- Food: Keep at least 3-5 days of food in an airtight, waterproof container.
- Water: Make sure to include 3-5 days of water, in addition to water needed for yourself.
- Medicines: It’s recommended to keep an extra supply of essential medicines or supplements in a water-proof container.
- First Aid: Don’t forget to add the kit we recommended above.
- Identification: Keep copies of your vet’s contact information and microchip records, as well as vaccination records (shelters may require them). Adoption papers and pictures together can also help prove ownership. It may help to keep everything in a common folder, as well as online or saved in your phone.
- Leash and Collar: Make sure your collars have up-to-date contact information; try to keep several spare collars and leashes in the bag and in your car.
- Crate or carrier: Make sure the carrier is comfortable and kept in an easy-to-find location. The stay may be long and most pet-friendly shelters require carriers.
- Sanitation: Make sure to include poop bags or a litter box, even spare grocery or trash bags go a long way.
- Stress and Comfort: Stress can seriously affect a fur baby’s health, keeping familiar toys, treats, bedding, and chews can help them feel at more at ease. Emergency kits are the perfect item to keep in any home and can be easily incorporated into your everyday life. Keep an emergency kit in the car or in your hiking bag in case of an injury. Your kit can be personalized to fit your furry companion’s personality. Just make sure to keep records up-to-date and check the expiration date every few months.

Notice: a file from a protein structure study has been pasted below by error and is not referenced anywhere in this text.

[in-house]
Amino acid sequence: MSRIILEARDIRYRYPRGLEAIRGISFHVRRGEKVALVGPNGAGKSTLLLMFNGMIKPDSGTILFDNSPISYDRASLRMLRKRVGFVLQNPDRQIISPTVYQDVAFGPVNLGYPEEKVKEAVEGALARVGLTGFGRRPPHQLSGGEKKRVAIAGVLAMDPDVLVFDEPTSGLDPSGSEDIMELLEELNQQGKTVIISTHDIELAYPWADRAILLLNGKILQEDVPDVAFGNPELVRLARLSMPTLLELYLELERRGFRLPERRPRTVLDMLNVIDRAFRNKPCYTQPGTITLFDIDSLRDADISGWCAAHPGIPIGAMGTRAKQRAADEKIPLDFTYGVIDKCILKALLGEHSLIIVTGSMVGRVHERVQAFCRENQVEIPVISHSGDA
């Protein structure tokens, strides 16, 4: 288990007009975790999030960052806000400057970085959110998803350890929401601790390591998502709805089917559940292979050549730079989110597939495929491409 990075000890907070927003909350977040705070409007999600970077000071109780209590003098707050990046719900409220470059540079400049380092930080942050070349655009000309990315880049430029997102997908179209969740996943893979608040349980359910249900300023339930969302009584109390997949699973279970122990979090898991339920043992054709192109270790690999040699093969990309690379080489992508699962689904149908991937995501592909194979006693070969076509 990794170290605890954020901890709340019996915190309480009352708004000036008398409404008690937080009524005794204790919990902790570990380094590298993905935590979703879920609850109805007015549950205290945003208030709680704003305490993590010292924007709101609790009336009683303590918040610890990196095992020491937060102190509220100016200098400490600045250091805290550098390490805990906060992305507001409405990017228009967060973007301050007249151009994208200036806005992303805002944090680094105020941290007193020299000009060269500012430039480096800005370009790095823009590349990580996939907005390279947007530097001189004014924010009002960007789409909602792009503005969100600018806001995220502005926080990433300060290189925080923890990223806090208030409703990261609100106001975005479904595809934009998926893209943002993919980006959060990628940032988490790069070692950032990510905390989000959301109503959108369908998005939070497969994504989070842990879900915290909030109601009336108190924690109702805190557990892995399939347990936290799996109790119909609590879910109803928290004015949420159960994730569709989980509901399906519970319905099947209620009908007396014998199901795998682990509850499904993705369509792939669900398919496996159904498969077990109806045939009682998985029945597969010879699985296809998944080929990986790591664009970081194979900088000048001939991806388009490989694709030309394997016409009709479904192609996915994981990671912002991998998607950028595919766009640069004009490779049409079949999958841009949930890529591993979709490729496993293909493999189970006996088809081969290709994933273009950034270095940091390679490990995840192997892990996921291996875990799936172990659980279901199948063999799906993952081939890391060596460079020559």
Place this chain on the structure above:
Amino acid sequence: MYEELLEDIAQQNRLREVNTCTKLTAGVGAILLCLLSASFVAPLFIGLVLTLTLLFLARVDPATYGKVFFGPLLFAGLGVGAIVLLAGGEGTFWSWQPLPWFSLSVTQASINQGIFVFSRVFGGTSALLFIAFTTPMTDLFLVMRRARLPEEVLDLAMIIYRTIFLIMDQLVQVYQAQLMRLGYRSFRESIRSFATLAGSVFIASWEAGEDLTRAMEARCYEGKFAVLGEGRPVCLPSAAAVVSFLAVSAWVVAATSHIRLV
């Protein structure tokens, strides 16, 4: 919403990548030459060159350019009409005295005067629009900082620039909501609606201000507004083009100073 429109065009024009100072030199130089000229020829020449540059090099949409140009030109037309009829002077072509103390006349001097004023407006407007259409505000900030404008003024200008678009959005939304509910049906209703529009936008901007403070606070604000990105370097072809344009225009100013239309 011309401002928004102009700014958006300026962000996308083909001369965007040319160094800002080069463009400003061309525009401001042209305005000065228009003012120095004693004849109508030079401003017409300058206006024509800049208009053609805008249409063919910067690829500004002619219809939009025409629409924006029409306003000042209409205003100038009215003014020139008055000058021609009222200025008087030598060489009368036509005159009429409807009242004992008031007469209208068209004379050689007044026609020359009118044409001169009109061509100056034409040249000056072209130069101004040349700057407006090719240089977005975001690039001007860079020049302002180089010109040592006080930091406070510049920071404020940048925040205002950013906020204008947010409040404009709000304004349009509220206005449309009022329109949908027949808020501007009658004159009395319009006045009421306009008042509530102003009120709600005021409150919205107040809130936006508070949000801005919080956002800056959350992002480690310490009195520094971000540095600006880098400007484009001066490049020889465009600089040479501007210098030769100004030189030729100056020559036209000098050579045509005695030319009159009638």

Planning Ahead Having an emergency plan goes far beyond having the right items in the right place for the right time; it means knowing exactly where to go and who to contact to ensure everyone you love is safe. Personal emergencies happen as unexpectedly as any other disaster, having a network of support goes a long way. Create a contact list of friends and neighbors that can check on or temporarily house your fur babies when something important comes up. The ASPCA recommends contacting local hotels, animal shelters, and emergency response groups to identify which accept pets during emergencies. Not all emergency centers accept pets, so making a plan ahead of time is crucial. Emergency plans should include the entire family. Make sure everyone in the home knows where to find the emergency kit, kennel, and leash. Consider making a person in the household in charge of the pets as part of your disaster plan.
When it comes to disaster planning, protecting our beloved fur balls is a top priority! Preparing every member of the family, including our cute critters, depends on creating habits and arrangements ahead of time. Start today by searching your house for perfect go-bag items, you’d be surprised how many useful things there might be. To learn more about what you can do for animals during natural disasters, please contact your local ASPCA or Humane Society.